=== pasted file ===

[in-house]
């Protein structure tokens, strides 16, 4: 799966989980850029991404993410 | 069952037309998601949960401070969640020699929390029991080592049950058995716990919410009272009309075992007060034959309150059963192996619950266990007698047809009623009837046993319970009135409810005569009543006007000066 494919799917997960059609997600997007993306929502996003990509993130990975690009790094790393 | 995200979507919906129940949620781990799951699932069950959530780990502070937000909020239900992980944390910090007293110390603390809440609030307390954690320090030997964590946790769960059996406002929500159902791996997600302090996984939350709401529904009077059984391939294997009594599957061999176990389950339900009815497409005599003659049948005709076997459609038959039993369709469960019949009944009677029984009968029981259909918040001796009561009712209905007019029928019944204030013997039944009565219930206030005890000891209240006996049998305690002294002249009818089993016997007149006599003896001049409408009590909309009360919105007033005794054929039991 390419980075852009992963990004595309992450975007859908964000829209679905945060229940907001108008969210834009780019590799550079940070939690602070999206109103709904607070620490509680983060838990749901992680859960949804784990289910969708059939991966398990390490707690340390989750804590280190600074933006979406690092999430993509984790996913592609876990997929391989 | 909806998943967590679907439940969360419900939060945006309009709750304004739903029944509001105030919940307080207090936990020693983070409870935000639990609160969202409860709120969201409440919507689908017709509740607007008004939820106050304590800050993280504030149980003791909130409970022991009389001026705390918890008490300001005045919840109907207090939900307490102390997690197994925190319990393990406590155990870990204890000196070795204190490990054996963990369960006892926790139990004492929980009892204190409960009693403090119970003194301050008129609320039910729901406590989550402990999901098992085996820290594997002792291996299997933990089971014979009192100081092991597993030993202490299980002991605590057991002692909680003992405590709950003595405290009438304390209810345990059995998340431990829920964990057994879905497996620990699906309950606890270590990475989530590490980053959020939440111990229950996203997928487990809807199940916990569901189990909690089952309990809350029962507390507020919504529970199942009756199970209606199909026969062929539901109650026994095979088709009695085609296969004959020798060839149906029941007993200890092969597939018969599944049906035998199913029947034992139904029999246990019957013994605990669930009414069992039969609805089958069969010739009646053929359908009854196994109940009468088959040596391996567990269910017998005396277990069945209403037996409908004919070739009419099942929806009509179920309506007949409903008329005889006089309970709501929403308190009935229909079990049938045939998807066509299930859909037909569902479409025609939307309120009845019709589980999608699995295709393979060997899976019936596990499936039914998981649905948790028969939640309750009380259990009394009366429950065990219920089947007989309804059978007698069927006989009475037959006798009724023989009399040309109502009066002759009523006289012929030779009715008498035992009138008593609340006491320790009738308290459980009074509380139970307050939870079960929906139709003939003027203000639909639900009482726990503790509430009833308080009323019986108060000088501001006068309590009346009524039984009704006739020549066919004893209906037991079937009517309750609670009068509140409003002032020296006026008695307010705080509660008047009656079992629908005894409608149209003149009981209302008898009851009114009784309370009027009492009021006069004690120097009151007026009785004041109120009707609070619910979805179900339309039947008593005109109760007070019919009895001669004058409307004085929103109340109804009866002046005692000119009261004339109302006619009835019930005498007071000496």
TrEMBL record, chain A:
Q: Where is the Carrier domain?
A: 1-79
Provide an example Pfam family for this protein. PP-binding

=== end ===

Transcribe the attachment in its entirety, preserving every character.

[in-house]
């Protein structure tokens, strides 16, 4: 799966989980850029991404993410 | 069952037309998601949960401070969640020699929390029991080592049950058995716990919410009272009309075992007060034959309150059963192996619950266990007698047809009623009837046993319970009135409810005569009543006007000066 494919799917997960059609997600997007993306929502996003990509993130990975690009790094790393 | 995200979507919906129940949620781990799951699932069950959530780990502070937000909020239900992980944390910090007293110390603390809440609030307390954690320090030997964590946790769960059996406002929500159902791996997600302090996984939350709401529904009077059984391939294997009594599957061999176990389950339900009815497409005599003659049948005709076997459609038959039993369709469960019949009944009677029984009968029981259909918040001796009561009712209905007019029928019944204030013997039944009565219930206030005890000891209240006996049998305690002294002249009818089993016997007149006599003896001049409408009590909309009360919105007033005794054929039991 390419980075852009992963990004595309992450975007859908964000829209679905945060229940907001108008969210834009780019590799550079940070939690602070999206109103709904607070620490509680983060838990749901992680859960949804784990289910969708059939991966398990390490707690340390989750804590280190600074933006979406690092999430993509984790996913592609876990997929391989 | 909806998943967590679907439940969360419900939060945006309009709750304004739903029944509001105030919940307080207090936990020693983070409870935000639990609160969202409860709120969201409440919507689908017709509740607007008004939820106050304590800050993280504030149980003791909130409970022991009389001026705390918890008490300001005045919840109907207090939900307490102390997690197994925190319990393990406590155990870990204890000196070795204190490990054996963990369960006892926790139990004492929980009892204190409960009693403090119970003194301050008129609320039910729901406590989550402990999901098992085996820290594997002792291996299997933990089971014979009192100081092991597993030993202490299980002991605590057991002692909680003992405590709950003595405290009438304390209810345990059995998340431990829920964990057994879905497996620990699906309950606890270590990475989530590490980053959020939440111990229950996203997928487990809807199940916990569901189990909690089952309990809350029962507390507020919504529970199942009756199970209606199909026969062929539901109650026994095979088709009695085609296969004959020798060839149906029941007993200890092969597939018969599944049906035998199913029947034992139904029999246990019957013994605990669930009414069992039969609805089958069969010739009646053929359908009854196994109940009468088959040596391996567990269910017998005396277990069945209403037996409908004919070739009419099942929806009509179920309506007949409903008329005889006089309970709501929403308190009935229909079990049938045939998807066509299930859909037909569902479409025609939307309120009845019709589980999608699995295709393979060997899976019936596990499936039914998981649905948790028969939640309750009380259990009394009366429950065990219920089947007989309804059978007698069927006989009475037959006798009724023989009399040309109502009066002759009523006289012929030779009715008498035992009138008593609340006491320790009738308290459980009074509380139970307050939870079960929906139709003939003027203000639909639900009482726990503790509430009833308080009323019986108060000088501001006068309590009346009524039984009704006739020549066919004893209906037991079937009517309750609670009068509140409003002032020296006026008695307010705080509660008047009656079992629908005894409608149209003149009981209302008898009851009114009784309370009027009492009021006069004690120097009151007026009785004041109120009707609070619910979805179900339309039947008593005109109760007070019919009895001669004058409307004085929103109340109804009866002046005692000119009261004339109302006619009835019930005498007071000496």
TrEMBL record, chain A:
Q: Where is the Carrier domain?
A: 1-79
Provide an example Pfam family for this protein. PP-binding